What I learned with the meat from my first deer, was that if I placed the pieces to sit in some water while they were defrosting, it extracted more of the blood out from within the muscle and this did much to remove the perception of the meat being "gamey". But the biggest thing was just making sure to very carefully remove all viscera and tendon sheathing (aka silver-skin). The clear viscera coating, is the worst part as far as contributing a bad smell/taste. Seemed like as long as I took my time to shave that off with my boning (fillet shaped) knife, everything tasted great.I have found there is very little meat, fish, fowl, ect, ect which can't be made edible with enough, spices, herbs, seasoning or marinades, but the real test is, is it edible without any of the above. That is how I determine if something actually has a good flavor. I Take a piece of wild game, cook it all by itself, if I like it that way then I may dress it up for a variety of other flavors., or not. I hate to cover up the taste of any meat.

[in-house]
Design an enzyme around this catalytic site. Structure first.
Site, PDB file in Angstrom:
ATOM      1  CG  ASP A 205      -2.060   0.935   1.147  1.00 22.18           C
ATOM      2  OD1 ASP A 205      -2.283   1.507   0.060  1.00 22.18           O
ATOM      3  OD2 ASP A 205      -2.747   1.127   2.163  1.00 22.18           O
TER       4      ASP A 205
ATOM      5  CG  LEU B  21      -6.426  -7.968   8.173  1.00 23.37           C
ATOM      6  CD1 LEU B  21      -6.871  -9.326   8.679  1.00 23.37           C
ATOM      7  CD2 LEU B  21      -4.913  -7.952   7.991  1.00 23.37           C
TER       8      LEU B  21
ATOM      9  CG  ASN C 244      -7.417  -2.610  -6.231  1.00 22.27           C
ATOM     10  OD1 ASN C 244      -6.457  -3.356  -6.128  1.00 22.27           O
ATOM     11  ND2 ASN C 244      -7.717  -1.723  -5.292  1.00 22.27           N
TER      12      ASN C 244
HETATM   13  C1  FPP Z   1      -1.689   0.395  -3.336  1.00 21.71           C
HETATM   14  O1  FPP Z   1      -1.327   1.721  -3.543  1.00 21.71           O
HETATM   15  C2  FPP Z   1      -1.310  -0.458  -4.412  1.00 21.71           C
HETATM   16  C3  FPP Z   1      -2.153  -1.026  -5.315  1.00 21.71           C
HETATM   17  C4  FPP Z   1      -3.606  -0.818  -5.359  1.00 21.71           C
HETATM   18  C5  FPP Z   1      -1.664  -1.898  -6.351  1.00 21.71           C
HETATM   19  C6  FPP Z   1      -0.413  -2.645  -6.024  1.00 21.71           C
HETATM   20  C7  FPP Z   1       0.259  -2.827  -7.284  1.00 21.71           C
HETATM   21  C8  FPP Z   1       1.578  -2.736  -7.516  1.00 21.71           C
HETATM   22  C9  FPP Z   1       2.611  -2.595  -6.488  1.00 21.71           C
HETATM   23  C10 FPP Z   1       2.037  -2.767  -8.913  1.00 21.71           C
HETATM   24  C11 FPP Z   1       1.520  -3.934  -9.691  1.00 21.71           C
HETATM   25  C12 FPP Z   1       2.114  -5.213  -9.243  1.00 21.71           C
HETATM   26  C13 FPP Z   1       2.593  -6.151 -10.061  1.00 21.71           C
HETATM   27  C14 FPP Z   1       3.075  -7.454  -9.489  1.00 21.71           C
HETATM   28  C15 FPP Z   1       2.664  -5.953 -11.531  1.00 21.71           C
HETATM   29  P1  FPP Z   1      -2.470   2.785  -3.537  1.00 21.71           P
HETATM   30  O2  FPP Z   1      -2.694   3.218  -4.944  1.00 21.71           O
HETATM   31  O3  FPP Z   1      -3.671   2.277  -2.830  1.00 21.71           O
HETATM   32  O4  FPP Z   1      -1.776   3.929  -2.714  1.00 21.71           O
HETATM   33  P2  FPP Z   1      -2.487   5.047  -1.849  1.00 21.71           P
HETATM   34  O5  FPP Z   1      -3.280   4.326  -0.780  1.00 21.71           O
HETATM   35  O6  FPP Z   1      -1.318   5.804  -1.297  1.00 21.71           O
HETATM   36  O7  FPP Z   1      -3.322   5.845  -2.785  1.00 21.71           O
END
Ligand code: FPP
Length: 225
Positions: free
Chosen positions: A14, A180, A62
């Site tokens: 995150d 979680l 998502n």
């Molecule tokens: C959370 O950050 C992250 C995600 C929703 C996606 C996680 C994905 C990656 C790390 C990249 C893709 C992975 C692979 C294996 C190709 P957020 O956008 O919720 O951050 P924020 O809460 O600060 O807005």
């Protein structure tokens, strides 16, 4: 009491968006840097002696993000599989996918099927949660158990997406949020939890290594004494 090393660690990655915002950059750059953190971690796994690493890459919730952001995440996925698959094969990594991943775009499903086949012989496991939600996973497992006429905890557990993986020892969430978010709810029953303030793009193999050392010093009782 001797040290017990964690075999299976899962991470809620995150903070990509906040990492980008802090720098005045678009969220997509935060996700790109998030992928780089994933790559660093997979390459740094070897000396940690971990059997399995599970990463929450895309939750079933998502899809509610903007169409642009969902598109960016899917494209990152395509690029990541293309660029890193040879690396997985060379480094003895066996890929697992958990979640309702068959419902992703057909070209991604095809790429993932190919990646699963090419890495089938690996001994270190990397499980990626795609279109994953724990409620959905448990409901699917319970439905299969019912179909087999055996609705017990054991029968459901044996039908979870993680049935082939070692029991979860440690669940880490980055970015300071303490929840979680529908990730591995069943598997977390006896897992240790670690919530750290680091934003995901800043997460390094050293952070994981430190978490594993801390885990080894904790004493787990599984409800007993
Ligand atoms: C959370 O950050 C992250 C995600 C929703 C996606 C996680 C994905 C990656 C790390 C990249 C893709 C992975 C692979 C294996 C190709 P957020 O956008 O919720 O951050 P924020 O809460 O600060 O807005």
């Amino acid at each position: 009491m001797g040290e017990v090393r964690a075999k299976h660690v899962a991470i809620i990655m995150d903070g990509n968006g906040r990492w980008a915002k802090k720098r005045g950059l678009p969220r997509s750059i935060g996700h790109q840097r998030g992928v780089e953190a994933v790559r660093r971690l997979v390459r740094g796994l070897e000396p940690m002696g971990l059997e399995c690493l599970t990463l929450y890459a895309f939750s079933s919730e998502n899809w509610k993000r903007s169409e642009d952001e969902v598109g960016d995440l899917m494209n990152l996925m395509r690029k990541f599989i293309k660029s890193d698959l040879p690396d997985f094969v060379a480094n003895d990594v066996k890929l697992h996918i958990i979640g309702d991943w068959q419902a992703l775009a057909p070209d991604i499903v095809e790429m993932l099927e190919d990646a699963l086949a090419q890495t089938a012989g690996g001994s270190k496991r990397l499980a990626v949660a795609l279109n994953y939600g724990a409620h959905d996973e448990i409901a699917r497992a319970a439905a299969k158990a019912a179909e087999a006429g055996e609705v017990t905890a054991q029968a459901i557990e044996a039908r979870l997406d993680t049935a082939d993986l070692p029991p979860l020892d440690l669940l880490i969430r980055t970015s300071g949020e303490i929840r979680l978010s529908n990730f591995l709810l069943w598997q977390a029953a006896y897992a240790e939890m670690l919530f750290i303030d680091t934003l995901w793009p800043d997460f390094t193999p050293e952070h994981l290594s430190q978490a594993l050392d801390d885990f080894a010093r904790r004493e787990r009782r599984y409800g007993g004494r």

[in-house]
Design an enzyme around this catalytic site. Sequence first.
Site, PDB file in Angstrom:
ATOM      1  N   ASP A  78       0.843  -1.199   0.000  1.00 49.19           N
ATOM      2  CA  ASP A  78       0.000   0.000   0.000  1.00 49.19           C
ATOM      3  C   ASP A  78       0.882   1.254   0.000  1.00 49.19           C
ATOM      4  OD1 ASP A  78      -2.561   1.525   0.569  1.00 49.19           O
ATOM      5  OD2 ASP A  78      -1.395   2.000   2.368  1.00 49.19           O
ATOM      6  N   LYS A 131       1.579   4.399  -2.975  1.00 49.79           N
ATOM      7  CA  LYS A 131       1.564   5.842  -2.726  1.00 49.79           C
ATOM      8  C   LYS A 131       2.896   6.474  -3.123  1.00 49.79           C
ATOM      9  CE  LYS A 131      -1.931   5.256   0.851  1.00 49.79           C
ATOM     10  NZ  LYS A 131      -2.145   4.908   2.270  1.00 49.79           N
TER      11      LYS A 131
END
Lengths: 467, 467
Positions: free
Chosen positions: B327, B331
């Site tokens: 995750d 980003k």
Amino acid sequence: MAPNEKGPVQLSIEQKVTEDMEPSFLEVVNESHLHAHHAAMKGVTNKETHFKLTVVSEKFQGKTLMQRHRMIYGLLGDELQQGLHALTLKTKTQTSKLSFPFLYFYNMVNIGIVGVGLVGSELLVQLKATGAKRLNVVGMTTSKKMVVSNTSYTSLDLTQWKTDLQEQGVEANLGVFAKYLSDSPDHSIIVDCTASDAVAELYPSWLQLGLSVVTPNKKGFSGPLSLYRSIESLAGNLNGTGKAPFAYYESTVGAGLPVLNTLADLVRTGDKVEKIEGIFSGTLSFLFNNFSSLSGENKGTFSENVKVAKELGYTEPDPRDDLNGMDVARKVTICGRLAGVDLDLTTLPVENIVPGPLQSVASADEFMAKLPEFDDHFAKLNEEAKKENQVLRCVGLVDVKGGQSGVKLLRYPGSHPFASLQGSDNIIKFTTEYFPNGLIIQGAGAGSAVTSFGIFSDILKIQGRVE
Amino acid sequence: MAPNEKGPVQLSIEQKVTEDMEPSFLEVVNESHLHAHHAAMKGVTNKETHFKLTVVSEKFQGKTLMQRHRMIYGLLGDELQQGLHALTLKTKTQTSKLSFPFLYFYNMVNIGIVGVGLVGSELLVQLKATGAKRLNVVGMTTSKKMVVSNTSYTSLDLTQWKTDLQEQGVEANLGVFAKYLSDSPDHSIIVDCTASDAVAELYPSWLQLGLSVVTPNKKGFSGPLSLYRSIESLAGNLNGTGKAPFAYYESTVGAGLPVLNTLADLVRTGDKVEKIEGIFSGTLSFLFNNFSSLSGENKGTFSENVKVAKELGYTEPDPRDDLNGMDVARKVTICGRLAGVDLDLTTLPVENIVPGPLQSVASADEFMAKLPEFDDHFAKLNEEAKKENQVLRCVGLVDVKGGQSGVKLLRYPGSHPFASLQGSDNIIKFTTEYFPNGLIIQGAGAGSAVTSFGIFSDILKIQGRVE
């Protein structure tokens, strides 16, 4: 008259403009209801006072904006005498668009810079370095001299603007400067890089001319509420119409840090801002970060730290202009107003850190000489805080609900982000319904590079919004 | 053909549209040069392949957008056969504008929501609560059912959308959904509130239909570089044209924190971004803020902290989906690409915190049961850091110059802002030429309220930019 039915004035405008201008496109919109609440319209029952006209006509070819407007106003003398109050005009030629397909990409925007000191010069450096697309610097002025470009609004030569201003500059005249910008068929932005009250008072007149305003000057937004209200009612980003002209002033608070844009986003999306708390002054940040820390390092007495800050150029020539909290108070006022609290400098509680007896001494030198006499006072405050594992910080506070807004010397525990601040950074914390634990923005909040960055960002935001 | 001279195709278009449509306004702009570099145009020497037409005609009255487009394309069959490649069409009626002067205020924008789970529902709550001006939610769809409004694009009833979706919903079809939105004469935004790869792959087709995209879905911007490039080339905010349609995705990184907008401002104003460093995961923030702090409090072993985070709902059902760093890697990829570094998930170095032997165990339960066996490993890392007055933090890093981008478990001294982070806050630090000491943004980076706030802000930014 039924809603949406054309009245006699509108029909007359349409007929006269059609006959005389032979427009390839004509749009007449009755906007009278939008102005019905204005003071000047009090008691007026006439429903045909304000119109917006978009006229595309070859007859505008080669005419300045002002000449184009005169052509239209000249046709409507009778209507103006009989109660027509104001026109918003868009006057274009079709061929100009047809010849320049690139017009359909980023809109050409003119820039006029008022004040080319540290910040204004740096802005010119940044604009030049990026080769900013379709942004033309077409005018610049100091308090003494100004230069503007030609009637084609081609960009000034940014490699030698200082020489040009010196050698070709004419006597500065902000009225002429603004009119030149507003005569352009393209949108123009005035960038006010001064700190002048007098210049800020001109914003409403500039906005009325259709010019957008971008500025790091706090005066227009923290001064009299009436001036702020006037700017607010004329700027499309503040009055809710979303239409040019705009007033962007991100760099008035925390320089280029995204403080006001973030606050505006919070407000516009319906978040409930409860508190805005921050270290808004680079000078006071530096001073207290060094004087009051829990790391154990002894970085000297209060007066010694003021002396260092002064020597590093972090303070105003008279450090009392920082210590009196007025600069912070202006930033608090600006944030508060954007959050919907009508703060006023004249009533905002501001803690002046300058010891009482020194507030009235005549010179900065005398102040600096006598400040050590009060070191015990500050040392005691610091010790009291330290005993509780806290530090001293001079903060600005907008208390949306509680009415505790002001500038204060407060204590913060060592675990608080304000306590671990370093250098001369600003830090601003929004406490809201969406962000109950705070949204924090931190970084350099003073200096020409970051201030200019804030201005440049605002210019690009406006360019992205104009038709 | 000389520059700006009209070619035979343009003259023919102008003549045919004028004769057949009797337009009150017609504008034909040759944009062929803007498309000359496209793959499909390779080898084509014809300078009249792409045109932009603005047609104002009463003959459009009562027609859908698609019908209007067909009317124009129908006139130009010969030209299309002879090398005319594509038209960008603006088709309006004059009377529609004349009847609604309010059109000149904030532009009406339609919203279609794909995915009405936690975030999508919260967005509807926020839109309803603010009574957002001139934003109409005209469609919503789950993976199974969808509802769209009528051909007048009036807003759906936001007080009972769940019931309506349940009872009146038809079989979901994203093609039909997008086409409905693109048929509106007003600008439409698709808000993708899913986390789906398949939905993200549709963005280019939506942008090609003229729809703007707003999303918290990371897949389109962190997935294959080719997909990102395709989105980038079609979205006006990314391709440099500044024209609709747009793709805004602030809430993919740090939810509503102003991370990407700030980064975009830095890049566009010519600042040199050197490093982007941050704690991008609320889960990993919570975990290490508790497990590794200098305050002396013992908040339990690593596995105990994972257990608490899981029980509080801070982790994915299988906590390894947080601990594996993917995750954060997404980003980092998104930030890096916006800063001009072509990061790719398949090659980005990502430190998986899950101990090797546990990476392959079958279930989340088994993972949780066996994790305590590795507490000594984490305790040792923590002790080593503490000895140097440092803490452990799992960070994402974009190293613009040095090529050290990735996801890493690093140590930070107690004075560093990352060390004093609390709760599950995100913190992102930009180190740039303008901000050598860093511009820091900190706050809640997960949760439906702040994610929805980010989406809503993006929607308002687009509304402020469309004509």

Yeah... but he cooked it in very primitive conditions and with virtually no prep work. My point being that if done right, there's usually a trick to where you can make anything taste great... once you know what those tricks in the kitchen are. And NO... I'm not talking about just standing back and throws peppers at stuff! (Some of us can't eat them).Steven Rinella ate coyote. Meat Eater.
I'm originally from Wyoming and have eaten many rabbits. It's his first hunting experience and we'll eat whatever we kill.My 16 year old son and I live in west los angeles and will be hunting jackrabbit this weekend. Any suggestions regarding area would be greatly appreciated.